This research was funded by University of Zagreb, project: The influence of religiosity on treatment outcome in depression: clinical and biochemical parameters, grant number BM126, led by Marina Sagud, and partly by the Croatian Science Foundation research, grant number IPS-2022-02-2497, led by Matea Nikolac Perkovic.

Institutional Review Board Statement

The study was conducted in accordance with the Declaration of Helsinki, and approved by the Ethics Committee of the University Hospital Centre Zagreb (protocol code 8.1-17/13-2 number 02/21 AG and date of approval 2 February 2017).

Informed Consent Statement

Informed consent was obtained from all subjects involved in the study. Written informed consent has been obtained from the patient(s) to publish this paper.

Data Availability Statement

Data is unavailable due to privacy or ethical restrictions.

Conflicts of Interest

The authors declare no conflict of interest. The funders had no role in the design of the study; in the collection, analyses, or interpretation of data; in the writing of the manuscript; or in the decision to publish the results.


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Figure 1. Plasma BDNF concentration in healthy subjects (HC), patients with first or recurrent-episode MDD, and subjects with treatment-resistant depression (TRD) before and after 4 weeks of treatment with BLT: *** p < 0.001 vs. HC; * p < 0.05 vs. HC (Kruskal–Wallis ANOVA followed by the Dunn’s post-hoc method). Median value and quartile (Q1 and Q3) values for each group are indicated in the figure.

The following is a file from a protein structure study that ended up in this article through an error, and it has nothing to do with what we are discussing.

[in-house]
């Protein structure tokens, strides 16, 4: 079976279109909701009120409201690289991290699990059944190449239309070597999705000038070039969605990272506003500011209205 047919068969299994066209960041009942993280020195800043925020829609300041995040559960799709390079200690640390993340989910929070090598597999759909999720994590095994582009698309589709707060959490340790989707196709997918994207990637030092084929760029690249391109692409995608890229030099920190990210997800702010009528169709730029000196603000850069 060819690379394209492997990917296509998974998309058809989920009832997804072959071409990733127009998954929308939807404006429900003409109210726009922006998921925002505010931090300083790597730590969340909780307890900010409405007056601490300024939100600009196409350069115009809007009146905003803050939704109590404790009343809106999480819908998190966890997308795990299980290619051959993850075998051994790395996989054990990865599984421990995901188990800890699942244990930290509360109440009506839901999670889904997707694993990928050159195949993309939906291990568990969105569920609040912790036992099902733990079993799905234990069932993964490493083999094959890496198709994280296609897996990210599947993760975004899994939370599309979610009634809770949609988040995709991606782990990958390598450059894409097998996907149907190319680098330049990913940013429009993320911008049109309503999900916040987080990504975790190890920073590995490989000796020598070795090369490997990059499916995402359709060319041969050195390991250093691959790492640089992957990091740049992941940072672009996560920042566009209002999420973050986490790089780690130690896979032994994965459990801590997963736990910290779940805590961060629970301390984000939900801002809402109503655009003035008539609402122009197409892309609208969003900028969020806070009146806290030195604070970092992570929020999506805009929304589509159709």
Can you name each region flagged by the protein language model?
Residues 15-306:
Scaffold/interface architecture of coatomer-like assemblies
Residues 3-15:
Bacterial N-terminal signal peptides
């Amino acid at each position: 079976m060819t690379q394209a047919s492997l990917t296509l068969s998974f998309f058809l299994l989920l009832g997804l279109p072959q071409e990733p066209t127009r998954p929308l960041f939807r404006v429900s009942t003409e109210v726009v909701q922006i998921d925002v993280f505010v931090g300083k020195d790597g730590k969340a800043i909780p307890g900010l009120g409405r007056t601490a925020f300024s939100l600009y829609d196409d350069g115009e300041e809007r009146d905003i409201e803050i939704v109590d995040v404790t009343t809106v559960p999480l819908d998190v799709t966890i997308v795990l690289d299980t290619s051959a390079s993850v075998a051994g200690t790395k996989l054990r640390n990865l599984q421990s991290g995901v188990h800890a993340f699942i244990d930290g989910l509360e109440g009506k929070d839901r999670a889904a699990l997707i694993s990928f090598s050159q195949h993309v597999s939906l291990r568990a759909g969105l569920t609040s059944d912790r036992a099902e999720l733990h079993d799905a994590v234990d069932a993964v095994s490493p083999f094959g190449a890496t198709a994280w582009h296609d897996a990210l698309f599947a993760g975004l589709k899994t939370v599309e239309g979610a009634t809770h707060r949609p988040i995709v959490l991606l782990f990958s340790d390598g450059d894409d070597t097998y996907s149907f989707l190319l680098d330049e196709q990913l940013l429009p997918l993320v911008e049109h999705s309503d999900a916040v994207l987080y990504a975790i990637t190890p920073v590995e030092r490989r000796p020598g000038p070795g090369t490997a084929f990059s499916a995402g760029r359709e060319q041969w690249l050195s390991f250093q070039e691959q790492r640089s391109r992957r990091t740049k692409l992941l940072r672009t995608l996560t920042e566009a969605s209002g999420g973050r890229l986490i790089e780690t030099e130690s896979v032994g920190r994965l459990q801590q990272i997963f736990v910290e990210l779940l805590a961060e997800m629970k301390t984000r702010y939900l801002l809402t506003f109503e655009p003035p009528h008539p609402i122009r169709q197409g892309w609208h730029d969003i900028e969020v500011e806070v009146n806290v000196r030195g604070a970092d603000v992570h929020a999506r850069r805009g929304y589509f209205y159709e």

Figure 1. Plasma BDNF concentration in healthy subjects (HC), patients with first or recurrent-episode MDD, and subjects with treatment-resistant depression (TRD) before and after 4 weeks of treatment with BLT: *** p < 0.001 vs. HC; * p < 0.05 vs. HC (Kruskal–Wallis ANOVA followed by the Dunn’s post-hoc method). Median value and quartile (Q1 and Q3) values for each group are indicated in the figure.
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Figure 2. Plasma BDNF concentration in subjects with treatment-resistant depression (TRD) before and after 4 weeks of treatment with BLT. Median value and quartile (Q1 and Q3) values for each group are indicated in the figure.
Figure 2. Plasma BDNF concentration in subjects with treatment-resistant depression (TRD) before and after 4 weeks of treatment with BLT. Median value and quartile (Q1 and Q3) values for each group are indicated in the figure.
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Table 1. Study procedures and groups.
Table 1. Study procedures and groups.
AssessmentsHC at BaselineFirst Episode at BaselineRecurrent Episode
at Baseline
TRD at BaselineTRD after 4 Weeks of BLT
Structured clinical interview x
Plasma BDNF concentrationxxxxx
HC = healthy control subjects; HAMD-17 = The Hamilton Depression Rating Scale-17; BLT = bright light therapy; MARDS = Montgomery–Åsberg Depression Rating Scale; TRD = treatment-resistant depression.